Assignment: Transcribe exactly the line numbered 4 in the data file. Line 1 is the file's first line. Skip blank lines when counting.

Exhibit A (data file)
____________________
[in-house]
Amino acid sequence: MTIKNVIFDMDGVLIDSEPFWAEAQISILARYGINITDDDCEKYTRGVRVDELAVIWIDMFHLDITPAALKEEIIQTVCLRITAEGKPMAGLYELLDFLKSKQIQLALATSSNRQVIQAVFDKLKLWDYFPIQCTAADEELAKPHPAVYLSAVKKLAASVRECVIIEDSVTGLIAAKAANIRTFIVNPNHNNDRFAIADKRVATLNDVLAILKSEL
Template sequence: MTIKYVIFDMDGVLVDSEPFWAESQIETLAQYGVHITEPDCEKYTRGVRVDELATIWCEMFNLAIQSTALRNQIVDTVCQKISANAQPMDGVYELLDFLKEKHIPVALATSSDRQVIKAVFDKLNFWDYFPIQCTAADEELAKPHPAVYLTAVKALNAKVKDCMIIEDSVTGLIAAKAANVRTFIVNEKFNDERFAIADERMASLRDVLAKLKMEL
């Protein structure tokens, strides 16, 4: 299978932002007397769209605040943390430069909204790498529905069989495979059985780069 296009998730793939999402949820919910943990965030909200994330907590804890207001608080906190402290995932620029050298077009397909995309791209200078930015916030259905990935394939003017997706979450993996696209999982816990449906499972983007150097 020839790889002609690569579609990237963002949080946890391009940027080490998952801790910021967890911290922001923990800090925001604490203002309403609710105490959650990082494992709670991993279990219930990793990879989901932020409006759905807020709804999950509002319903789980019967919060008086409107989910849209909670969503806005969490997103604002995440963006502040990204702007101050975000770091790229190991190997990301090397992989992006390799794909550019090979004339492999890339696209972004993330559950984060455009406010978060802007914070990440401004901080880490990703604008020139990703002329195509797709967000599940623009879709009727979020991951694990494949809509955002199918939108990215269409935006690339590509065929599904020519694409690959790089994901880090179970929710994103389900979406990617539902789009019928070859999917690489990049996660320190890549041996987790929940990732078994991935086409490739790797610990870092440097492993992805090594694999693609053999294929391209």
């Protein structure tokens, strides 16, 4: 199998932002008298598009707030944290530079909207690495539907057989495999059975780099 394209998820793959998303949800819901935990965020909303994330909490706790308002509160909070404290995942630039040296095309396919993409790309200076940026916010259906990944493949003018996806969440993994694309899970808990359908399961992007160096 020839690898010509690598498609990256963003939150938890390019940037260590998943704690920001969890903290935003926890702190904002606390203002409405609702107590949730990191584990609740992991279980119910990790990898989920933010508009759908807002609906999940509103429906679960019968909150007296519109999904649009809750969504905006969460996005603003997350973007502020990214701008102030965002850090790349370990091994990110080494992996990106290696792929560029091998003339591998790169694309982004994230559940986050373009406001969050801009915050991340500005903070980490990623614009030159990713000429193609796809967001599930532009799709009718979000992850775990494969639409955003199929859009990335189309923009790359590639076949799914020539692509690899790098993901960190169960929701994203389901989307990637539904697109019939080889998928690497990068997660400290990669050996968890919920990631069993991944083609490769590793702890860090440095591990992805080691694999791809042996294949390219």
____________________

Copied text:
């Protein structure tokens, strides 16, 4: 299978932002007397769209605040943390430069909204790498529905069989495979059985780069 296009998730793939999402949820919910943990965030909200994330907590804890207001608080906190402290995932620029050298077009397909995309791209200078930015916030259905990935394939003017997706979450993996696209999982816990449906499972983007150097 020839790889002609690569579609990237963002949080946890391009940027080490998952801790910021967890911290922001923990800090925001604490203002309403609710105490959650990082494992709670991993279990219930990793990879989901932020409006759905807020709804999950509002319903789980019967919060008086409107989910849209909670969503806005969490997103604002995440963006502040990204702007101050975000770091790229190991190997990301090397992989992006390799794909550019090979004339492999890339696209972004993330559950984060455009406010978060802007914070990440401004901080880490990703604008020139990703002329195509797709967000599940623009879709009727979020991951694990494949809509955002199918939108990215269409935006690339590509065929599904020519694409690959790089994901880090179970929710994103389900979406990617539902789009019928070859999917690489990049996660320190890549041996987790929940990732078994991935086409490739790797610990870092440097492993992805090594694999693609053999294929391209």